• Victoria Nankabirwa is a senior lecturer in the Department of Epidemiology & Biostatistics, School of Public Health, Makerere University and a researcher at the Center for International Health, University of Bergen.  She holds a doctorate degree (PhD) from the University of Bergen. In the past, she has worked at the Norwegian Institute of Public Health (NIPH) as a researcher, at ICAP, Columbia University, New York as an analyst, and at Nsambya and Mulago hospitals as a doctor. Her research and interests lie in the fields of maternal and child health, perinatal epidemiology, vaccination, core epidemiologic methods, randomized controlled trials and implementation research.
     
  • Professor Paul Fenton started in engineering but made a career move to Guy’s Hospital Medical School, London, MBBS 1975, and DTM&H at the London School of Tropical Medicine then went to the New Hebrides (now Vanuatu). Specialised in anaesthesia in London then relocated, now with wife and three children to Malawi, Africa joining newly formed Malawi College of Medicine professor of Anaesthesia. Founded the Malawi School of anaesthesia in 1987 which is still training anaesthetists under local management in 2017 and for the last 30 years has provided the entire service of anaesthesia for the country.

    Published numerous papers on anaesthesia issues in developing countries, especially concerning maternal mortality, outcomes, breathing systems and making low cost anaesthesia machines for low income countries. Awarded the Pask Certificate by the AAGBI in 1998 and the Jubilee Medal by the Royal College of Anaesthetists in 2004. Inventor of the Universal Anaesthesia Machine used in 24 countries worldwide, 18 in Africa.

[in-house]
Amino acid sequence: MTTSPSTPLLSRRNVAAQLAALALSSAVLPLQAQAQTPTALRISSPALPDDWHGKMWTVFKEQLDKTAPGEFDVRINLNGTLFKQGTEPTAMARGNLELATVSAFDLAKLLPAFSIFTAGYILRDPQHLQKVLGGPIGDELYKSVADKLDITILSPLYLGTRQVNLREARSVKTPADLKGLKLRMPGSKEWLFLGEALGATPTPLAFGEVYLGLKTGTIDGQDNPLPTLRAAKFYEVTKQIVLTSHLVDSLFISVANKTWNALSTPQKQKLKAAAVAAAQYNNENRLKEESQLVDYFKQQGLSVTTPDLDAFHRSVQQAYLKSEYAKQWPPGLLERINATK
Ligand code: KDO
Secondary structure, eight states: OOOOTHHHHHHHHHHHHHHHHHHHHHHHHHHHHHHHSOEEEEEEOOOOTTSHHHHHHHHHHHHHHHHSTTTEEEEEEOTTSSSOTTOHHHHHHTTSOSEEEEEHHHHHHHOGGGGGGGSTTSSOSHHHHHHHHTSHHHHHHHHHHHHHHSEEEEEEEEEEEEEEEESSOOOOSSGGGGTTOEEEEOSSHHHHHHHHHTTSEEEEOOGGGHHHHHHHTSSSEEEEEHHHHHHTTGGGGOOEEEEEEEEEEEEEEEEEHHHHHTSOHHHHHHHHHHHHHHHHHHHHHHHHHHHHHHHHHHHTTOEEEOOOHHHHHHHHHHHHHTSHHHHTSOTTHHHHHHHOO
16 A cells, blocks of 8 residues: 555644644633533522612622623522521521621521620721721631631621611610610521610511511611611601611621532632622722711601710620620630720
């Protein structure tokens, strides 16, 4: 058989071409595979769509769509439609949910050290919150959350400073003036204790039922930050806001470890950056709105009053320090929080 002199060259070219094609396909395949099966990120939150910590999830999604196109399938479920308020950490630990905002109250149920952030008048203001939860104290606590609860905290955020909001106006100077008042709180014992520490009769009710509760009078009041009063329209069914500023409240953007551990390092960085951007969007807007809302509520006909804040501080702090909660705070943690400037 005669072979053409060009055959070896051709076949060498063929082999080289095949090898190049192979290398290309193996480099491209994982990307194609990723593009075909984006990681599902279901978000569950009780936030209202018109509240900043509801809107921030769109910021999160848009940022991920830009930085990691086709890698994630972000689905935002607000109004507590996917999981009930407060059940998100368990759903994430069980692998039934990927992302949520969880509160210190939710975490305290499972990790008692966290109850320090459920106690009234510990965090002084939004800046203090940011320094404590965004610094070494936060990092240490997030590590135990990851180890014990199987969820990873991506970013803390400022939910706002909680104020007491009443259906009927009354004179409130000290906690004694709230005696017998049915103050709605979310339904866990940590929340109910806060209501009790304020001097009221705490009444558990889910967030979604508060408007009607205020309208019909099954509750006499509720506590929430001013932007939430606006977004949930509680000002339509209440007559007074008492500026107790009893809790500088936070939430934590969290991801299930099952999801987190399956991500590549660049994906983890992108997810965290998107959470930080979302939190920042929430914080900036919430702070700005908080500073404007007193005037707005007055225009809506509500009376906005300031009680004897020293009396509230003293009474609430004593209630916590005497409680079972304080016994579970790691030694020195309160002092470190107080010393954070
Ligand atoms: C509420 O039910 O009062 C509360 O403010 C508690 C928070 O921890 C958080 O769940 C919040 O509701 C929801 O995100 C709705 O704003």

Poster sessions
There were three poster sessions during the conference. The two best posters were selected for first and second prize. Both research quality and poster lay out, as well as dissemination quality was important criteria for the committee when deciding the winner.              

The art exhibition
The past several years have witnessed extremely heated and polarized international public debate on vaccines, ranging from questions related to their safety to their unacceptably high price in many of the world’s poorest countries. <Immune Nations>, an evidence-based art exhibition about the constructive role that art can play in global political discourse around life-saving vaccines, brings attention to these debates and the often complex emotional states that surround them. The outcome of a three-year interdisciplinary and international collaborative research project, the exhibition highlights the work of researchers and visual artists aiming to constructively reframe current discourses surrounding vaccines, identify the limitations of existing approaches, and combine art with research evidence to strategize creative ways of promoting universal vaccination.

The exhibition premiered at Galleri KiT, Trondheim Academy of Fine Arts, in Norway in March 2017, and will travel to UNAIDS headquarters in Geneva, Switzerland in May 2017 to coincide with the World Health Assembly. The exhibition opening at Galleri KiT on March 13, invited the visitors to participate in an augmented reality project, Shadowpox.

More information:

The exhibition program PDF - 3,3 MB

Exhibition poster PDF - 1,9 MB

The Vaccine Project

The conference was officially opened with the art exhibition <Immune Nations> at Gallery KiT. Illustration: Kaisu Koski, Injection Stimulator, 2015.

Other information
Medical doctors will get course accreditation for participation at the GLOBVAC conference as specified: 10 hours for continued specialist training in internal medicine and 10 hours as optional course for medical doctors in specialist training and for continued specialist training in child diseases. Please contact the Norwegian Medical Association about this.

Student conference
The 2017 GLOBVAC Student Conference addressed the gap between published scientific evidence, and what is actually done and practiced in society. The students chose three topics; mental health, methods, and equality to examine this issue more closely. The student conference was held at NTNU March 13th, and was free and open to all.

The student conference programme PDF - 399 KB

The concept note PDF - 86 KB

The conference venue
The conference was held at Radisson Blu Royal Garden Hotel.

The conference is a joint initiative between seven actors involved with Global Health Research in Norway:

 

Written by:
Karine Kålsås and Wenche Dageid
Published:
29.06.2016
Last updated:
05.05.2017